Parking lots might provide a danger of workplace violence depending on their location, design, and time of day.
What ought businesses to do?
Parking lots are frequently regarded as a component of the workplace. As a result, it is the employer's duty to maintain a secure and healthy work environment. Always confirm any specific requirements with the local authority in charge of occupational health and safety. Companies should perform a risk assessment to identify the dangers that might be present where and when employees park their cars, as well as any potential access points. The following advice should also be taken into account while creating processes for parking lot safety: installing surveillance equipment to monitor the parking lot establishing a safety method to adhere to when transporting valuables to vehicles or buildings (such as money or equipment) upkeep of the lighting in the parking lot, the walkways, the stairways, etc. maintain trimmed shrubs, trees, and plants for improved visibility. educating and training people about parking lot safety supplying security as required For more details, kindly consult the following OSH Answers documents: Occupational Bullying Internet abuse or harassment Workplace Violence and Harassment Workplace Violence and Harassment - Family (Domestic) Violence Legislation on Violence and Harassment at Work Dealing with Negative Interactions in the Presence of Violence and Harassment at Work Warning Signs of Violence and Harassment in the Workplace Working Late and Workplace Violence and Harassment
What are some helpful hints for parking?
Always park close to the structure in an area that is brightly lit and visible. If there is a parking attendant, park close to them, or in an underground parking lot, park close to the stairs or a well-lit exit. Use the main entrance instead of the back or hidden entrances. Keep all of your valuables, such as purses and recent purchases, hidden. If you must leave them in the vehicle, always lock them in the trunk. Hide documents and other items from view that reveal personal information (such your home address). When you are inside the car, close the windows and lock the doors. People should have a plan in advance. Learn how to contact for help and where you can go for safety. DON'T: Avoid parking in more than one spot to avoid upsetting other drivers. Large vans, trucks, and other vehicles shouldn't be parked close to you because they will obstruct your view. On your key ring, avoid wearing a personal identifying tag. A thief will be able to locate your home or car if your keys are stolen or lost. If someone is lurking near your car, don't approach them. Stride to a well-lit structure, home, or business to reach a safe location. Make a police call.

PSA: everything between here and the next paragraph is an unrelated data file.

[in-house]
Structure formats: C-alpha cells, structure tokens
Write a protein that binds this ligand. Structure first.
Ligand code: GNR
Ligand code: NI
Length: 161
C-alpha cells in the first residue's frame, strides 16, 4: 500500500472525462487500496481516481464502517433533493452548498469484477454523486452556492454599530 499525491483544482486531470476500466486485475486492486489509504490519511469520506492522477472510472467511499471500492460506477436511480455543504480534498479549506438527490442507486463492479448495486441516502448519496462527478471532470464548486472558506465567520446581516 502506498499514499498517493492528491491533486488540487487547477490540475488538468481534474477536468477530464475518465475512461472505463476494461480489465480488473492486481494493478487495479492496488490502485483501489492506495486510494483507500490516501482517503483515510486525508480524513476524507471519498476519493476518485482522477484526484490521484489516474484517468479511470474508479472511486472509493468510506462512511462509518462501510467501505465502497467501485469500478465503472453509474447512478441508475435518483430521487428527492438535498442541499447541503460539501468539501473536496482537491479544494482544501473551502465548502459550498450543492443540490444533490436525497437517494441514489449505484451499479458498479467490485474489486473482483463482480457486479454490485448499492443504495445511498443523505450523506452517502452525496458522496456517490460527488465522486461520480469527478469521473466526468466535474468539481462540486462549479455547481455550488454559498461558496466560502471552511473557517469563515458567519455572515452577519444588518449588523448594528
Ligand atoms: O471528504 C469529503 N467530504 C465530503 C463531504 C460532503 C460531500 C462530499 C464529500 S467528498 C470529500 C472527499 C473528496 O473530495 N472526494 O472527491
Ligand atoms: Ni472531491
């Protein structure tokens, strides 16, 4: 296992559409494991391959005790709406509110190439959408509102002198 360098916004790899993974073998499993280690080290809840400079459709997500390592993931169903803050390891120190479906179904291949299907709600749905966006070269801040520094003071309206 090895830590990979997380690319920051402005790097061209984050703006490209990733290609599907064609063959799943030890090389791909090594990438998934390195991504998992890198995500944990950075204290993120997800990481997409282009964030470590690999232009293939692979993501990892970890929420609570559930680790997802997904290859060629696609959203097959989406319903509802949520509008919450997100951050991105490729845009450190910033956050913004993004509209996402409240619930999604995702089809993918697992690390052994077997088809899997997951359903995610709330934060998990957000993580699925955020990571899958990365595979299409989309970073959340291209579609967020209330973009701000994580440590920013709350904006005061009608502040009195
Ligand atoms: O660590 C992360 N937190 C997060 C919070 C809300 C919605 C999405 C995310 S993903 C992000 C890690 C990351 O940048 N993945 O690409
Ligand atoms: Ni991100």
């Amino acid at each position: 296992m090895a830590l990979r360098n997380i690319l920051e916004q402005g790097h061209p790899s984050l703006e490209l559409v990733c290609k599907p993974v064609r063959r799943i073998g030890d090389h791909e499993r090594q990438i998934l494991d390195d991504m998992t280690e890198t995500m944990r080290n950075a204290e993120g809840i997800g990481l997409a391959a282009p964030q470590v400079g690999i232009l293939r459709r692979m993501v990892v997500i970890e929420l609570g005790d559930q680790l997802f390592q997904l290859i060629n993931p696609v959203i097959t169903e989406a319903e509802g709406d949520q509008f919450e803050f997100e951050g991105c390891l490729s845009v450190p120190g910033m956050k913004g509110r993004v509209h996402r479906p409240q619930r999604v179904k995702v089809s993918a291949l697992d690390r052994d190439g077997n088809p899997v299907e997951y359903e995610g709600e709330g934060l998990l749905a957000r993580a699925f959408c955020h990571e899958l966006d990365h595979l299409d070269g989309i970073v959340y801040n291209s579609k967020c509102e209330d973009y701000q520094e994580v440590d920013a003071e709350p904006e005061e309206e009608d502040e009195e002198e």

What are some advice for walking to and from the automobile in a dangerous area or after dark?
Always make an effort to stroll alongside a buddy, coworker, or security guard. To save them from having to walk back alone, give your escort a ride to the main door. If you must go alone, ask a coworker or security to keep an eye on you from a window. As you make your way to your car, wave to them. To create the impression that someone is looking at you, wave even when no one is around. Stay in the middle of the sidewalk and on well-lit streets. Avoid hiding places including bushes, entrances, alleyways, and parked cars. If you must cross the road, do so. Be aware of your surroundings at all times. Move with assurance. Keep your head raised and scan the area. Do not stare at people; instead, look squarely at them. When you sense something is off, trust your gut. Do not Do not delve inside your backpack or purse. Avoid using headphones or becoming sidetracked by your phone. Avoid carrying bulky bags or briefcases that could obstruct traffic. Never carry a weapon of any kind, even pepper spray. Weapons can be used against you just as easily and are forbidden in some places.
As you get closer to your car, what should you do?
When you depart for work or when you leave your place of business, be ready. Get ready by: Your keys to start the car. To open building doors, use your keys or cardkey. a personal alert such as a whistle. As you approach the car or door, have the keys ready to unlock it. As you get close to your automobile, keep an eye out for potential onlookers by looking around, inside, and even underneath. Move away if you have suspicions. Call for assistance from a secure location. Inform the parking lot attendant, security, or the police of any questionable behavior."""